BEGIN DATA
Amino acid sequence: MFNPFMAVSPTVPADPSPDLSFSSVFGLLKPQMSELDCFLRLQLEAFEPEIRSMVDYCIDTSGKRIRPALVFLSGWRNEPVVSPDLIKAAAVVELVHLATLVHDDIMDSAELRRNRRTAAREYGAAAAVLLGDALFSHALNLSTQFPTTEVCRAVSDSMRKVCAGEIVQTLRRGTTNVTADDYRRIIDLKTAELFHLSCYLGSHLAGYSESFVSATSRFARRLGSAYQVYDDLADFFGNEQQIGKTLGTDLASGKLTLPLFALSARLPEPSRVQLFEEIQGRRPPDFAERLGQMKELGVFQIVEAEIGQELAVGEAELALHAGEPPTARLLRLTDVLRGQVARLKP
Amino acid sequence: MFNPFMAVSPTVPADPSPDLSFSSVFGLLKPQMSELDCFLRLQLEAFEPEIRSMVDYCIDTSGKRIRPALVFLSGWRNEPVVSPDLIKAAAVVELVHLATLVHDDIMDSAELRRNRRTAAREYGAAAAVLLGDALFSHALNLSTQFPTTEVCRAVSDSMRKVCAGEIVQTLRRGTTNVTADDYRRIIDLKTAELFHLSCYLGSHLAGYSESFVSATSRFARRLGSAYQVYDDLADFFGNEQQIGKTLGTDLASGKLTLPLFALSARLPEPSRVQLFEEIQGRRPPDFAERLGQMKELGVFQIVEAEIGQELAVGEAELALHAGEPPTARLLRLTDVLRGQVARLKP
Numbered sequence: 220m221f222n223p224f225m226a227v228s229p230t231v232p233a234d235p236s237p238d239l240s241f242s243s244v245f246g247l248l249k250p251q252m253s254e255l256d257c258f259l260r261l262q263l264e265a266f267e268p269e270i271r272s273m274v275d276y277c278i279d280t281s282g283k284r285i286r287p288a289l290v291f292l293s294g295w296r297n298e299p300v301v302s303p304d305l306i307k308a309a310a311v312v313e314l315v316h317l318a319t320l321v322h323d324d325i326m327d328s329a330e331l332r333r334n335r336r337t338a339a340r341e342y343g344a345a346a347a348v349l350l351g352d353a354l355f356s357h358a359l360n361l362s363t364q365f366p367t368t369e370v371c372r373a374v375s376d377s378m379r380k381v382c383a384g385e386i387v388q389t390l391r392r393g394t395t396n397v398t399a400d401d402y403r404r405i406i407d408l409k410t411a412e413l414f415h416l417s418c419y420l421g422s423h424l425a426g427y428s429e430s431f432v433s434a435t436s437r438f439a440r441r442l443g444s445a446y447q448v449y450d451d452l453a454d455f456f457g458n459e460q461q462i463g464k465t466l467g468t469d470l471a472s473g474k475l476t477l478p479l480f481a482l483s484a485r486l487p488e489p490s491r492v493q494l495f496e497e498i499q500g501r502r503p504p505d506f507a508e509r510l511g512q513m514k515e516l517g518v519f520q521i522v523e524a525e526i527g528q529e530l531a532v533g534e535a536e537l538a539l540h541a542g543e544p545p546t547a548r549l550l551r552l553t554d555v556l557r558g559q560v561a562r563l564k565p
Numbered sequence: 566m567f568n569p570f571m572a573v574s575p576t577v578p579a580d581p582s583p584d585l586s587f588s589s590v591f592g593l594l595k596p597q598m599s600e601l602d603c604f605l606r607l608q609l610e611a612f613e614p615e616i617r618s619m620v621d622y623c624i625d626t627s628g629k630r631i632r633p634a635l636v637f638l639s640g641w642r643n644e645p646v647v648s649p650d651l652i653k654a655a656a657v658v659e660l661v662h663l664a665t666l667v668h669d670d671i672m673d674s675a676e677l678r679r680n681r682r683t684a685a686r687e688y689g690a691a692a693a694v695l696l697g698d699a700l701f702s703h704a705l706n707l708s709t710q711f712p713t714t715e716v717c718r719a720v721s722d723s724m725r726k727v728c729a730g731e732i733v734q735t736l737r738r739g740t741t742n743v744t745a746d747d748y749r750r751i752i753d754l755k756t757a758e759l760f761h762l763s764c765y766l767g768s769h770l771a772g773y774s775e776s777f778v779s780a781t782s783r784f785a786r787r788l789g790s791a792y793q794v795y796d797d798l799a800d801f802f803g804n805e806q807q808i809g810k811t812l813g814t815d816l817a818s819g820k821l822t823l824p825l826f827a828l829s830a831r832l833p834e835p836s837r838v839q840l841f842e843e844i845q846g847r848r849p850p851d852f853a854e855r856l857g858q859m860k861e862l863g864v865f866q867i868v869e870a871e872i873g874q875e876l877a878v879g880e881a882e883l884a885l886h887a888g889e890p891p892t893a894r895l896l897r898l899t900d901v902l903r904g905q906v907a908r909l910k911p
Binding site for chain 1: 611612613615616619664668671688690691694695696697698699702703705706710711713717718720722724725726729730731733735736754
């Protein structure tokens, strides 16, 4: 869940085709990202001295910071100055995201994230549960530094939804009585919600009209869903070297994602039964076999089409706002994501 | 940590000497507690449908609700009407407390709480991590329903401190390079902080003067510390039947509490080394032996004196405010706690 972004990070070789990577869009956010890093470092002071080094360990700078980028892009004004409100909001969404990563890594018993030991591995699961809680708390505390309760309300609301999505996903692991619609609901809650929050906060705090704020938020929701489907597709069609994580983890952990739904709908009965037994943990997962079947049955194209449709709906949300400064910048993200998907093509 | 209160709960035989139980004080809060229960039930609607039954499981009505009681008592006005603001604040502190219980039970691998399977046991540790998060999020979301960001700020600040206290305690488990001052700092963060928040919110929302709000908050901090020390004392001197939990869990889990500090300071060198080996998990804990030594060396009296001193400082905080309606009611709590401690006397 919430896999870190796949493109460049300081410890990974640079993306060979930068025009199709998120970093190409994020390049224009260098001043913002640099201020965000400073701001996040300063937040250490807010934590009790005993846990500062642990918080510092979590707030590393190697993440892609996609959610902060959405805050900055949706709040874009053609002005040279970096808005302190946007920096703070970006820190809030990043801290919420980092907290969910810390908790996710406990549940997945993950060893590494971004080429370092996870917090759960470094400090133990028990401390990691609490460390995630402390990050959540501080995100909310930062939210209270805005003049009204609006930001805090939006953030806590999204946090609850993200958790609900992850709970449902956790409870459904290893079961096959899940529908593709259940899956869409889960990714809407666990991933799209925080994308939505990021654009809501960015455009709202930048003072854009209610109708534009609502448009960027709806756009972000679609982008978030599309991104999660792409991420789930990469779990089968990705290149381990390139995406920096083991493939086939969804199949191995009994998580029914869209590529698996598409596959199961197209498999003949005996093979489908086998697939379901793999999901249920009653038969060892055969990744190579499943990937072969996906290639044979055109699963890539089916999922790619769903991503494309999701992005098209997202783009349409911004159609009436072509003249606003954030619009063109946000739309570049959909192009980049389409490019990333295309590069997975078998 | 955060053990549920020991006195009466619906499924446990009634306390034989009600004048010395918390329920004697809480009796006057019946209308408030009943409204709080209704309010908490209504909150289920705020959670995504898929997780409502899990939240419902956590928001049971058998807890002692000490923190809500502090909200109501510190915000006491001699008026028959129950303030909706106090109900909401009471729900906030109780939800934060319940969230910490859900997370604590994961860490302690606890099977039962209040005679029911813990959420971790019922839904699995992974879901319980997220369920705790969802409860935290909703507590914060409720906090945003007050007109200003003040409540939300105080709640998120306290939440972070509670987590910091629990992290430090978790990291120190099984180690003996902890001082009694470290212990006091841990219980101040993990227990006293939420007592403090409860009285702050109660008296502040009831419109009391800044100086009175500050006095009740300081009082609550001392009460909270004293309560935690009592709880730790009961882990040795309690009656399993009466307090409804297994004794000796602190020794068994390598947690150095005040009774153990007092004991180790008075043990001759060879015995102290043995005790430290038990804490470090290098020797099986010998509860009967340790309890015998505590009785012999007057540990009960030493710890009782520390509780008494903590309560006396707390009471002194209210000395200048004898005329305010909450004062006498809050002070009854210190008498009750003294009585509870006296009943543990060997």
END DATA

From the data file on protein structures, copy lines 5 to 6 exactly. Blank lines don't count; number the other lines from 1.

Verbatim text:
Binding site for chain 1: 611612613615616619664668671688690691694695696697698699702703705706710711713717718720722724725726729730731733735736754
């Protein structure tokens, strides 16, 4: 869940085709990202001295910071100055995201994230549960530094939804009585919600009209869903070297994602039964076999089409706002994501 | 940590000497507690449908609700009407407390709480991590329903401190390079902080003067510390039947509490080394032996004196405010706690 972004990070070789990577869009956010890093470092002071080094360990700078980028892009004004409100909001969404990563890594018993030991591995699961809680708390505390309760309300609301999505996903692991619609609901809650929050906060705090704020938020929701489907597709069609994580983890952990739904709908009965037994943990997962079947049955194209449709709906949300400064910048993200998907093509 | 209160709960035989139980004080809060229960039930609607039954499981009505009681008592006005603001604040502190219980039970691998399977046991540790998060999020979301960001700020600040206290305690488990001052700092963060928040919110929302709000908050901090020390004392001197939990869990889990500090300071060198080996998990804990030594060396009296001193400082905080309606009611709590401690006397 919430896999870190796949493109460049300081410890990974640079993306060979930068025009199709998120970093190409994020390049224009260098001043913002640099201020965000400073701001996040300063937040250490807010934590009790005993846990500062642990918080510092979590707030590393190697993440892609996609959610902060959405805050900055949706709040874009053609002005040279970096808005302190946007920096703070970006820190809030990043801290919420980092907290969910810390908790996710406990549940997945993950060893590494971004080429370092996870917090759960470094400090133990028990401390990691609490460390995630402390990050959540501080995100909310930062939210209270805005003049009204609006930001805090939006953030806590999204946090609850993200958790609900992850709970449902956790409870459904290893079961096959899940529908593709259940899956869409889960990714809407666990991933799209925080994308939505990021654009809501960015455009709202930048003072854009209610109708534009609502448009960027709806756009972000679609982008978030599309991104999660792409991420789930990469779990089968990705290149381990390139995406920096083991493939086939969804199949191995009994998580029914869209590529698996598409596959199961197209498999003949005996093979489908086998697939379901793999999901249920009653038969060892055969990744190579499943990937072969996906290639044979055109699963890539089916999922790619769903991503494309999701992005098209997202783009349409911004159609009436072509003249606003954030619009063109946000739309570049959909192009980049389409490019990333295309590069997975078998 | 955060053990549920020991006195009466619906499924446990009634306390034989009600004048010395918390329920004697809480009796006057019946209308408030009943409204709080209704309010908490209504909150289920705020959670995504898929997780409502899990939240419902956590928001049971058998807890002692000490923190809500502090909200109501510190915000006491001699008026028959129950303030909706106090109900909401009471729900906030109780939800934060319940969230910490859900997370604590994961860490302690606890099977039962209040005679029911813990959420971790019922839904699995992974879901319980997220369920705790969802409860935290909703507590914060409720906090945003007050007109200003003040409540939300105080709640998120306290939440972070509670987590910091629990992290430090978790990291120190099984180690003996902890001082009694470290212990006091841990219980101040993990227990006293939420007592403090409860009285702050109660008296502040009831419109009391800044100086009175500050006095009740300081009082609550001392009460909270004293309560935690009592709880730790009961882990040795309690009656399993009466307090409804297994004794000796602190020794068994390598947690150095005040009774153990007092004991180790008075043990001759060879015995102290043995005790430290038990804490470090290098020797099986010998509860009967340790309890015998505590009785012999007057540990009960030493710890009782520390509780008494903590309560006396707390009471002194209210000395200048004898005329305010909450004062006498809050002070009854210190008498009750003294009585509870006296009943543990060997």